Individual school leaders also play a role in assisting students and parents in adjusting to a new home.
At Templeton Elementary School in Riverdale, Md., principal Ebony Harris ensures that Afghan students have spaces where they can pray, and that there are halal food options available.
“The brain does not even function if it doesn’t feel safe, secure, and I would say loved, so we just want to make sure that we’re doing that for them,” Harris said.
For Masuda Stanekzai, an Afghan mother of a 5th grader at Templeton, the halal food options are a detail she appreciates for her child, as well as the various skills her daughter has learned in school.
“Kids learn how to help each other, how to help their friends, how to be organized,” she said.
The family arrived in the United States in 2017, Stanekzai said. While it was hard at first to adjust to a new life, Stanekzai said her daughter is now happy at school and wants to be a scientist.
Teachers can ease the experience for new students
Fostering a welcoming environment for refugee students is something teachers can do in the classroom as well.
At Travis Heights elementary school in Austin, Texas, Shayna Bright, a 2nd grade English-as-a-second-language teacher, keeps a journal where she jots down Pashto and Dari words her Afghan students teach her. So while they learn English, she learns more of their home languages.
“That buy-in with the children has really made a big impact,” Bright said. “They see that I care not just about their education, but about them and their culture.”
There’s even space in the classroom where students can go and sit if they’re feeling a strong emotion and need a minute away to think or calm their bodies, Bright added.
With the events in Afghanistan circulating in the U.S. news, many Afghan students are expressing concerns about extended family members in danger abroad.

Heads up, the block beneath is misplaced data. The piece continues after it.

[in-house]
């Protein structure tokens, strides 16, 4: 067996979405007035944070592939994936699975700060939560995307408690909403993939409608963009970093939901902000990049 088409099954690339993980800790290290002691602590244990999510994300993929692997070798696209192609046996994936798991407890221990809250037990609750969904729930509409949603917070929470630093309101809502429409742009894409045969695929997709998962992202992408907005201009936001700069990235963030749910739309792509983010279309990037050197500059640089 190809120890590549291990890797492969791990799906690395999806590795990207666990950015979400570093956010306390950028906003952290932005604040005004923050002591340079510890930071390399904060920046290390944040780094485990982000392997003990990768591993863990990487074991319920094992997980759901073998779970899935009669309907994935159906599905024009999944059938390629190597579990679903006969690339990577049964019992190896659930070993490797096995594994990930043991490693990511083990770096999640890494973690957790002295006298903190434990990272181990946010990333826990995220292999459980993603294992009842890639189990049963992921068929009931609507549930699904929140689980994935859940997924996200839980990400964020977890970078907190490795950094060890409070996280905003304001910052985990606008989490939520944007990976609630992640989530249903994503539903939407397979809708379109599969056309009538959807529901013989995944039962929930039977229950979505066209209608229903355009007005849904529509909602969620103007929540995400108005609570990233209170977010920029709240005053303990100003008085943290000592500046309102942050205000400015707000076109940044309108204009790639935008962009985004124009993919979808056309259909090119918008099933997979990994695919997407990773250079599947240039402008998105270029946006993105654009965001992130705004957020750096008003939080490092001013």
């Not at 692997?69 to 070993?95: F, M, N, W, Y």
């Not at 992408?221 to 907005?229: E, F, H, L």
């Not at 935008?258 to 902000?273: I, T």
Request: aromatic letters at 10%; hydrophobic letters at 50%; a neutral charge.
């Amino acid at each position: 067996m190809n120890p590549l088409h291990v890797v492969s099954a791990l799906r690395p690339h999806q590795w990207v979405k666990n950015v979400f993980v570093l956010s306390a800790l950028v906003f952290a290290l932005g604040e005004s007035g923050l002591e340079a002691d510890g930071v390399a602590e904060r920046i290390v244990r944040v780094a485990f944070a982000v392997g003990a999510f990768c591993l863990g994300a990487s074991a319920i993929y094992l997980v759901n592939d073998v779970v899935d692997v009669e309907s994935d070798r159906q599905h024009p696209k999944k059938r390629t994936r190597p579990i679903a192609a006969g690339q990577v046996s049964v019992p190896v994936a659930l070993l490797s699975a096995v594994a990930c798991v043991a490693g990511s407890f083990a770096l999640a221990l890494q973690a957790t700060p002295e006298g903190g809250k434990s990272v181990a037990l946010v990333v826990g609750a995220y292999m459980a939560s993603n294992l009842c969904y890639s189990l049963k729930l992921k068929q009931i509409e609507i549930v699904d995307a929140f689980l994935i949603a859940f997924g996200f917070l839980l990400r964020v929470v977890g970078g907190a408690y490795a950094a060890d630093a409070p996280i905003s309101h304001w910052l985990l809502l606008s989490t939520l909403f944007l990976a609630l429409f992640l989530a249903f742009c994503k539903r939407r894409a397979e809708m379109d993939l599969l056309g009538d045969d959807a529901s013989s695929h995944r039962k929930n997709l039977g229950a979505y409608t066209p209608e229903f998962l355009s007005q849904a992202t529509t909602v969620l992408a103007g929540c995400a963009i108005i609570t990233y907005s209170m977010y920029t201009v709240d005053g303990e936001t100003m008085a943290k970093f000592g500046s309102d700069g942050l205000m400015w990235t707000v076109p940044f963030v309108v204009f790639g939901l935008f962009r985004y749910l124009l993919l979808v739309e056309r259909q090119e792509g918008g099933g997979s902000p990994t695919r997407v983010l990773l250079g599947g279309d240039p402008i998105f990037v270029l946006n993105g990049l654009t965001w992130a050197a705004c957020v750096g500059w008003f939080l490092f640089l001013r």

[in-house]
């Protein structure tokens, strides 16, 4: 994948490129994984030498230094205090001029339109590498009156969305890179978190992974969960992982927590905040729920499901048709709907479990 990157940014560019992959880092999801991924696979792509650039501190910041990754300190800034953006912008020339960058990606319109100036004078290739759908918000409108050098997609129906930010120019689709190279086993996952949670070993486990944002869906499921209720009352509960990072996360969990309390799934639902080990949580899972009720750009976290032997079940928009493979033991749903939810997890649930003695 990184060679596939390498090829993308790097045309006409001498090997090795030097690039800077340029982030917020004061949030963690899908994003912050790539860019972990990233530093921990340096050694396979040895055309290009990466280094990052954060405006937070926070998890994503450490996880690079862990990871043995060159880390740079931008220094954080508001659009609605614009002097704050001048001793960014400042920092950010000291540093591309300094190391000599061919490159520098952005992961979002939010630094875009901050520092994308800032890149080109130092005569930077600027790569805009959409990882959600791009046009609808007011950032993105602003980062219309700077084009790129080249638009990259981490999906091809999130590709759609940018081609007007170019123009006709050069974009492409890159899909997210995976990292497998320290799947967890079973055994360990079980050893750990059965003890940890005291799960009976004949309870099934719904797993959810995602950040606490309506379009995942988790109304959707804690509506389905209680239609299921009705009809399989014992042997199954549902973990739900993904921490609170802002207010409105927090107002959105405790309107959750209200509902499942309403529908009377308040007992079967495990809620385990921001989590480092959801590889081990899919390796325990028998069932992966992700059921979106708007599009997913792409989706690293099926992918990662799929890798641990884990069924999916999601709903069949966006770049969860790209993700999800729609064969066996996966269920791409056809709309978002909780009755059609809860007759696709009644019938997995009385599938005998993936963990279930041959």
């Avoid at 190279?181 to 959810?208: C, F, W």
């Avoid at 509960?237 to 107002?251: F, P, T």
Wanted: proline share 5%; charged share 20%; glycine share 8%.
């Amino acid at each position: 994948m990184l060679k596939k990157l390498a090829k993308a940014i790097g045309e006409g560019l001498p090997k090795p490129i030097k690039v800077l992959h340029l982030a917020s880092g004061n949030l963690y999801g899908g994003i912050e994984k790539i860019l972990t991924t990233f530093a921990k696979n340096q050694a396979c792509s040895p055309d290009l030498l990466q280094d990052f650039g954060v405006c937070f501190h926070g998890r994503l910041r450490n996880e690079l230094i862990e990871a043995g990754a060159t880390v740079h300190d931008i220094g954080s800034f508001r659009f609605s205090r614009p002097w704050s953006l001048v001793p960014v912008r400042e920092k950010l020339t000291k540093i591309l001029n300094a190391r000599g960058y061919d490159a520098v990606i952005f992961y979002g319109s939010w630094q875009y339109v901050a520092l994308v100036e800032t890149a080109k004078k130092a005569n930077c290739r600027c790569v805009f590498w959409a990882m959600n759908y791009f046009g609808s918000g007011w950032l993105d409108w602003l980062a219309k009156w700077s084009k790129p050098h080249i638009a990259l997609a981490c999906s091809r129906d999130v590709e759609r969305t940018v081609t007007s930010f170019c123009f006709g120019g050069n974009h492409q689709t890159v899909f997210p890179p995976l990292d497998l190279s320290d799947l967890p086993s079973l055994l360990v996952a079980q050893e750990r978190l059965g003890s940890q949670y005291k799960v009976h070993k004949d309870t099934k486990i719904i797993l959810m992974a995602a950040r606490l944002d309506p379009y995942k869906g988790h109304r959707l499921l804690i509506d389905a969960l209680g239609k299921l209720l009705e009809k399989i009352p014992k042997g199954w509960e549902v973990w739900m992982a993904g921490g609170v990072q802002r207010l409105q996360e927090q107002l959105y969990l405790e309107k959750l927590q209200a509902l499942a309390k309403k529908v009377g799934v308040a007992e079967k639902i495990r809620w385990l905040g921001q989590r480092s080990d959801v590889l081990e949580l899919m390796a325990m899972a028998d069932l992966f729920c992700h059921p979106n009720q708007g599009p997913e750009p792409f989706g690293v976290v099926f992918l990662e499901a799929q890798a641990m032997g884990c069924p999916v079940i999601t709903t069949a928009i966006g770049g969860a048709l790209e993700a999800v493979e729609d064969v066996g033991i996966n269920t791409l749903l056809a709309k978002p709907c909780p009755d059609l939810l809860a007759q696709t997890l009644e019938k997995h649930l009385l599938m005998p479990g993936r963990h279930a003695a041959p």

“We’ve been hearing from multiple sites, elementary and secondary, with concerns about students having a lot of anxiety or having a little bit more aggression than usual because of the stress of what’s happening in the news,” said Burkhart of the San Juan district.
In Cajon Valley, families are reaching out to the district asking for assistance in evacuating other relatives as well.
The district is appealing to Congress to help relatives of school community members who are in danger in Afghanistan due to their affiliations with the United States, said David Miyashiro, the district’s superintendent.
As schools work to provide resources for existing Afghan students during these tough times, they’re also preparing for the children that will arrive in the coming months. That includes training teachers and other staff on how to best support Afghan newcomers; connecting with refugee resettlement agencies to track how many students will be expected and when; and preparing to ramp up the community-building work that’s proven most helpful.
“Where are they going to be served? How are we going to serve them? That’s just what we do,” said Serban of the Cajon Valley.
A version of this article appeared in the October 06, 2021 edition of Education Week as Here’s How Schools Are Helping Afghan Refugee Students